I’ve endured half a lifetime of being misunderstood. As an undergraduate meteorologist I lost count of the number of people who thought I was studying rocks in space, and those that did understand the weather connection generally brought up Michael Fish’s ‘hurricane’, or asked if they would one day be seeing me on the telly*. After ending my degree disgracefully with a dismal Desmond**, and fruitlessly searching for any kind of relevant work, I eventually set the weather aside awhile for other loves which had lain dormant.
Moving from weather to birdwatching was clearly not a great choice if I was trying to pick a socially acceptable, respected hobby, though birders are so common nowadays that we’re almost hip. From Punk-birding to Packham to those Sound Approach guys down in Dorset, we’ve come a long way from the bearded, balding, anorak-clad stereotype (though I’m heading rapidly toward it). Striding out purposefully into the world with binoculars round your neck might garner the odd second glance, but rarely out-and-out derision.
Ants pour from a nest alongside Pepper Lane, Reading
As I crossed campus yesterday in the heat of the afternoon, I felt a gentle tickling sensation on my forearm. A winged ant, crawling and questing as ants do, before finally recalling that – O happiest and most fortunate of ants! – it could fly, and launched itself back into the thundery air. Memory jogged, I recalled seeing a mass ant emergence and subsequent feeding frenzy of gulls in Bristol mentioned on Twitter that morning. I looked up expectantly – you don’t have much luck as a birder if you go around staring sullenly at the ground – and there was the same scene, being played out in the skies above Reading.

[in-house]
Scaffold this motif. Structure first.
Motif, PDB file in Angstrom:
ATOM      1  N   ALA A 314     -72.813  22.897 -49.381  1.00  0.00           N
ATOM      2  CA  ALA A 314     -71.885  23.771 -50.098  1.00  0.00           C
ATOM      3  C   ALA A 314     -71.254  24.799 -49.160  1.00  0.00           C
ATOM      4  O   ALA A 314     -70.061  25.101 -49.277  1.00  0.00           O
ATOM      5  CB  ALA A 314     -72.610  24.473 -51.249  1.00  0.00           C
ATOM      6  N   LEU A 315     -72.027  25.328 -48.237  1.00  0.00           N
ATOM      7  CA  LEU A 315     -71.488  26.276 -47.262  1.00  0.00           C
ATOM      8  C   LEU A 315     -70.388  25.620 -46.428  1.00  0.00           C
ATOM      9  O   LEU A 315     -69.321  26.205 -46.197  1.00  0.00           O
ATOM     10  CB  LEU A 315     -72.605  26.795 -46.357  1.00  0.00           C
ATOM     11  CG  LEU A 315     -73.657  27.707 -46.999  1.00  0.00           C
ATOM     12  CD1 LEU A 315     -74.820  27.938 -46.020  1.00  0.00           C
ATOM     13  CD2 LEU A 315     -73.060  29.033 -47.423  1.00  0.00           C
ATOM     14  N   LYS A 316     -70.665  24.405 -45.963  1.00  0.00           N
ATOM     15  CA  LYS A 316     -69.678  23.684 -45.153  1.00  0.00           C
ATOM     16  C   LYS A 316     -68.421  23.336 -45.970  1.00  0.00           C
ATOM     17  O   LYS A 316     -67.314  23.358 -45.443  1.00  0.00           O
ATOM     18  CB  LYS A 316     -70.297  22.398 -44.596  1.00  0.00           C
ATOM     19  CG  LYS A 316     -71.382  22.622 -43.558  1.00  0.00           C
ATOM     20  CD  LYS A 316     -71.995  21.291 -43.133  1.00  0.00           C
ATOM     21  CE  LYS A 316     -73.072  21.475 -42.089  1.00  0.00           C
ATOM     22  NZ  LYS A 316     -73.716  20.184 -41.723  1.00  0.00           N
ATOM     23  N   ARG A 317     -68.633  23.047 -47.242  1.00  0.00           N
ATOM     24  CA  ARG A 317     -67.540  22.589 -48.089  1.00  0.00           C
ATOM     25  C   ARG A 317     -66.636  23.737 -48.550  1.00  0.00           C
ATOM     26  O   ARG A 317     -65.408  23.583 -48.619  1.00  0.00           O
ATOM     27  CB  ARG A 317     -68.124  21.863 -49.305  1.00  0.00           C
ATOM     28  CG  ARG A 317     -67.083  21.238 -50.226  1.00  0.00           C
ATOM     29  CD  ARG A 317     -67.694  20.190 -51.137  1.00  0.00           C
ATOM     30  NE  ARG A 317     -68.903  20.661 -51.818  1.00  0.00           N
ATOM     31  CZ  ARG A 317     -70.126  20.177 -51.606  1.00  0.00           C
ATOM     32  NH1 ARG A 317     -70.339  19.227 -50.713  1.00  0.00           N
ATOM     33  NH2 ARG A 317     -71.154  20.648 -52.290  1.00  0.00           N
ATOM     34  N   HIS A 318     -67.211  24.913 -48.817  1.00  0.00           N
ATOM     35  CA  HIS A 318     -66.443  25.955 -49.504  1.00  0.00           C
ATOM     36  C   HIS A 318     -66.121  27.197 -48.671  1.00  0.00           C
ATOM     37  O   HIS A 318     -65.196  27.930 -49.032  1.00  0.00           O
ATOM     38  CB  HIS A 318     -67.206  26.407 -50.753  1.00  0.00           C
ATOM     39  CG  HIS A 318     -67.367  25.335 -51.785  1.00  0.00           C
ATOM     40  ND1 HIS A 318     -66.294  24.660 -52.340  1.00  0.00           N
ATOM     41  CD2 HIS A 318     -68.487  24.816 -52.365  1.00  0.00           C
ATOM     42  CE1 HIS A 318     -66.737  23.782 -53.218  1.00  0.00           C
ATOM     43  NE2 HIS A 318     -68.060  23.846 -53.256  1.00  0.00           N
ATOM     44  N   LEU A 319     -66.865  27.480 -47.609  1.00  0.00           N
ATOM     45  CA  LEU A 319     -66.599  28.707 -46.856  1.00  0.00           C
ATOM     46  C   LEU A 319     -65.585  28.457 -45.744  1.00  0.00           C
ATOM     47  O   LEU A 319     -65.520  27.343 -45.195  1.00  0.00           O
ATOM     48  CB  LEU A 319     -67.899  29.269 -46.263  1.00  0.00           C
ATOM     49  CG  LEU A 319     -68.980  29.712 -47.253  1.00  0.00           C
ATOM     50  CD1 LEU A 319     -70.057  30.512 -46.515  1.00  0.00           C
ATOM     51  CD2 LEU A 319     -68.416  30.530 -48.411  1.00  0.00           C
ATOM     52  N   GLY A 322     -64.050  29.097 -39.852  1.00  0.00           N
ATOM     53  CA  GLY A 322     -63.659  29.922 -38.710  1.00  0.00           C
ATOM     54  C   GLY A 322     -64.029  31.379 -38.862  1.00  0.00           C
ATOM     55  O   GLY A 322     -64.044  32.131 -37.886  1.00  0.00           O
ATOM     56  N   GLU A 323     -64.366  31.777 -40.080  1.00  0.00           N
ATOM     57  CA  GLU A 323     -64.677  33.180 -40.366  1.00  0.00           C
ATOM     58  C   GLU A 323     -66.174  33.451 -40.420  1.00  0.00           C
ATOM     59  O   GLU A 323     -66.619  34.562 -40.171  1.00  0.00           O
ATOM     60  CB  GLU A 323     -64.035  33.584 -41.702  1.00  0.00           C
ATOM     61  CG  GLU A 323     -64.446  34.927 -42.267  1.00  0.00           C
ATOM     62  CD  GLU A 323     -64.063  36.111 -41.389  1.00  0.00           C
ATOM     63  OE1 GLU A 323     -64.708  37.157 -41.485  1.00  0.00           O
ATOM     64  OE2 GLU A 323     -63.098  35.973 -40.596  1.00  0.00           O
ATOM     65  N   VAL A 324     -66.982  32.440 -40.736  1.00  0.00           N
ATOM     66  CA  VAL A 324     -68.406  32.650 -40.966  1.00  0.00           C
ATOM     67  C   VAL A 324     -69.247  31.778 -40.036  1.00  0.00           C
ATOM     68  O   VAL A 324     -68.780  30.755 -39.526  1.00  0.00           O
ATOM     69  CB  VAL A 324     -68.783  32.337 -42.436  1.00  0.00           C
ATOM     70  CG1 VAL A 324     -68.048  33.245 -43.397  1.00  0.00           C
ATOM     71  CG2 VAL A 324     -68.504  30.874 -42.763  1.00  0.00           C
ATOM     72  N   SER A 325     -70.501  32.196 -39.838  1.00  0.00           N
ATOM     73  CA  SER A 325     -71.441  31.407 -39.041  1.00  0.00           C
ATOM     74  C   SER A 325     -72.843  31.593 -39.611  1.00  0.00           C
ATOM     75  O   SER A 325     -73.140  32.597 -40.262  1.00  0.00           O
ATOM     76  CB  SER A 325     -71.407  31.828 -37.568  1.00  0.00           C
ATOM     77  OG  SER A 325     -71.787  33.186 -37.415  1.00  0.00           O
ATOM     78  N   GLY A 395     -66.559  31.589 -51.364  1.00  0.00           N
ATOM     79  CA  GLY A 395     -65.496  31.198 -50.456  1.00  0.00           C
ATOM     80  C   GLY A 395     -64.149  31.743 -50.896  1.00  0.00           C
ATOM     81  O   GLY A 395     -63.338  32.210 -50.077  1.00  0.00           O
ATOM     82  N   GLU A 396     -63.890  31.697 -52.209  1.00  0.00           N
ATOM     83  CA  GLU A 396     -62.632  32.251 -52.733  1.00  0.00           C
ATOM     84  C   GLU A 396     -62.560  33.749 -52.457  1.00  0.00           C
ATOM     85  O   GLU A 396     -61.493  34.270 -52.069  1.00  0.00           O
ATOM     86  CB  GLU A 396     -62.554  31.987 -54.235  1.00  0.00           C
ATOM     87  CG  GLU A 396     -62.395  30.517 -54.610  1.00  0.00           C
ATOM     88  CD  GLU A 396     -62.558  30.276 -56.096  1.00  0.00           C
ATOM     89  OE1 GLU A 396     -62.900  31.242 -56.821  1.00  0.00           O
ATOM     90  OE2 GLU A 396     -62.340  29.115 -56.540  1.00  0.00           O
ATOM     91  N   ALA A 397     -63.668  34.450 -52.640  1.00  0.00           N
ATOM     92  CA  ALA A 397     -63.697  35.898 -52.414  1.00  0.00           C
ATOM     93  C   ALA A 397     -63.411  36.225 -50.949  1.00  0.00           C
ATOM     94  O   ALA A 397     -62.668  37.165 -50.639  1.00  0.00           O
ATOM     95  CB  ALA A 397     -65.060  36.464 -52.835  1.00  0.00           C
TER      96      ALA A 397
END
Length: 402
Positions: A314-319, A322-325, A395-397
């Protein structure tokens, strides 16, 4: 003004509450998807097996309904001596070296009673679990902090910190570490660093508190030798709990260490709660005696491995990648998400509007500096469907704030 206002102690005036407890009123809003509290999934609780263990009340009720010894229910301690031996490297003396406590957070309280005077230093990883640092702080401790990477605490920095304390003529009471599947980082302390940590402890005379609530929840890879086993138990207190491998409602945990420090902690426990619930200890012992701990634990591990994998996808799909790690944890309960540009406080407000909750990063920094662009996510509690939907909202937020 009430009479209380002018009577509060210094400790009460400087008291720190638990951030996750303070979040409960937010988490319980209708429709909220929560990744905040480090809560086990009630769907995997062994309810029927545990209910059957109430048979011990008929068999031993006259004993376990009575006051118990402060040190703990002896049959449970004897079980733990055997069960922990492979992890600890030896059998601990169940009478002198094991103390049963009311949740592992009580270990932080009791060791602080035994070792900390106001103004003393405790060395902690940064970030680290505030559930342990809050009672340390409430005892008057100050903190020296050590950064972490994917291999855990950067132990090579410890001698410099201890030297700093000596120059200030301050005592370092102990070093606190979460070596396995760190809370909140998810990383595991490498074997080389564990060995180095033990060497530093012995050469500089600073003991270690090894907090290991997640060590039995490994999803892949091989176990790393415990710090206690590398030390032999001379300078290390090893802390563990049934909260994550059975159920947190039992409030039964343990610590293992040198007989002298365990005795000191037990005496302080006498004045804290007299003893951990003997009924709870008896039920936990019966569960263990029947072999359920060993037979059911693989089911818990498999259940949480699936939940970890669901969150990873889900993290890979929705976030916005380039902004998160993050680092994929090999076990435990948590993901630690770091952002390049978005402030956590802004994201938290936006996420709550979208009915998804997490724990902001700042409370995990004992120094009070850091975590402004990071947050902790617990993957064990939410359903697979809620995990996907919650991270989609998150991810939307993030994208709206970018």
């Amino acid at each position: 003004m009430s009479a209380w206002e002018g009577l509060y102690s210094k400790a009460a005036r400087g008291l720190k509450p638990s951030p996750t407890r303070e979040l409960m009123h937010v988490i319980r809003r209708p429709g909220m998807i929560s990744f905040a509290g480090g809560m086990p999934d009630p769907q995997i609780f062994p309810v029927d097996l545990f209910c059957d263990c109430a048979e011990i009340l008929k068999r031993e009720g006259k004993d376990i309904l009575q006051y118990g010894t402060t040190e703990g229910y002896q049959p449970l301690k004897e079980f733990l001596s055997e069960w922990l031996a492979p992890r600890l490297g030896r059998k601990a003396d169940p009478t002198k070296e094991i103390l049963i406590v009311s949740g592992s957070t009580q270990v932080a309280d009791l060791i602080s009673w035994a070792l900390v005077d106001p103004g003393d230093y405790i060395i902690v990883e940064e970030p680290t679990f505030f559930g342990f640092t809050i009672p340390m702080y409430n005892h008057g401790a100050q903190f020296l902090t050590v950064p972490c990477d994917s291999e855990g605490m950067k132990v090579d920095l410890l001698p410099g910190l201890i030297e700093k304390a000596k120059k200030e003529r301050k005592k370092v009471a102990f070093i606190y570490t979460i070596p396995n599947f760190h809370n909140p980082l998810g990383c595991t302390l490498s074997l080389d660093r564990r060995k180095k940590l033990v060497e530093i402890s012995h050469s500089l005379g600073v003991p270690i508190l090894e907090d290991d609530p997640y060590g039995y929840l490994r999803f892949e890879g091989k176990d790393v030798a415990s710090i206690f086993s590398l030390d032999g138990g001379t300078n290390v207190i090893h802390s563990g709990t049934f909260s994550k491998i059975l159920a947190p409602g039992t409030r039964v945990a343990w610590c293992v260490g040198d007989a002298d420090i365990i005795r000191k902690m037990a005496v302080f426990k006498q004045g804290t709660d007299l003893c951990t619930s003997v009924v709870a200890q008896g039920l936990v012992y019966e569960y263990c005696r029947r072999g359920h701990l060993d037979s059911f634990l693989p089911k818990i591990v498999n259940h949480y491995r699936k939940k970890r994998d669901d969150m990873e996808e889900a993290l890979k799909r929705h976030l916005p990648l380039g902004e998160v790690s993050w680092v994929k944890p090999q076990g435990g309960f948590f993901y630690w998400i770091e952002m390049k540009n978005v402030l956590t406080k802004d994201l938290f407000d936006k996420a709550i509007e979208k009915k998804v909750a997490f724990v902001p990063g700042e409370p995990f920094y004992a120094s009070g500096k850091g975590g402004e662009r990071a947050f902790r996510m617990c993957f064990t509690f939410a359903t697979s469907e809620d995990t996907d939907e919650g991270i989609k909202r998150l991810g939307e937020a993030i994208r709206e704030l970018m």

We’re never a town to be outdone in the urban wildlife spectacle stakes, you see. And spectacle is the word as 50, 60, 70, maybe more than 100 gulls, mostly lithe, silvery-white black-headed gulls with a few lesser black-backed gulls mixed in for good measure, looped and swooped and tied knots all through the urban airspace north of Whiteknights. The more I looked across the sky, the more gulls I could see, spiralling up in broad columns towards the clouds.
July arrives like a sigh of relief. The dawn chorus fades to the gentlest of murmurs, a peaceful hush interrupted only by the thin cheeps of those self-sufficient youngsters still cheeky enough to raid the home larder. In the hedgerows, verges and meadows, spring’s urgent growth has set and dried in the sun into an unruly brownish mess of woody stalks, fading flowers and seeds. The partying of spring is over, and the world sits back, puts her feet up, and feasts on leftovers. The clean-up can wait until winter.
Above, ravens. Stern black crosses in languid transit across the blue. Breaking off from a long glide, the pair forks – one south, one north – and intercepts a red kite apiece, seeing off the longer-winged yet gentler scavengers with a few deft twists of wing. One kite whistles in alarm, the ravens croak solemnly back and forth to each other; order is soon restored to the skies. In nearby scrub a marsh tit sneezes exactly twice, and is silent. No other bird makes a sound.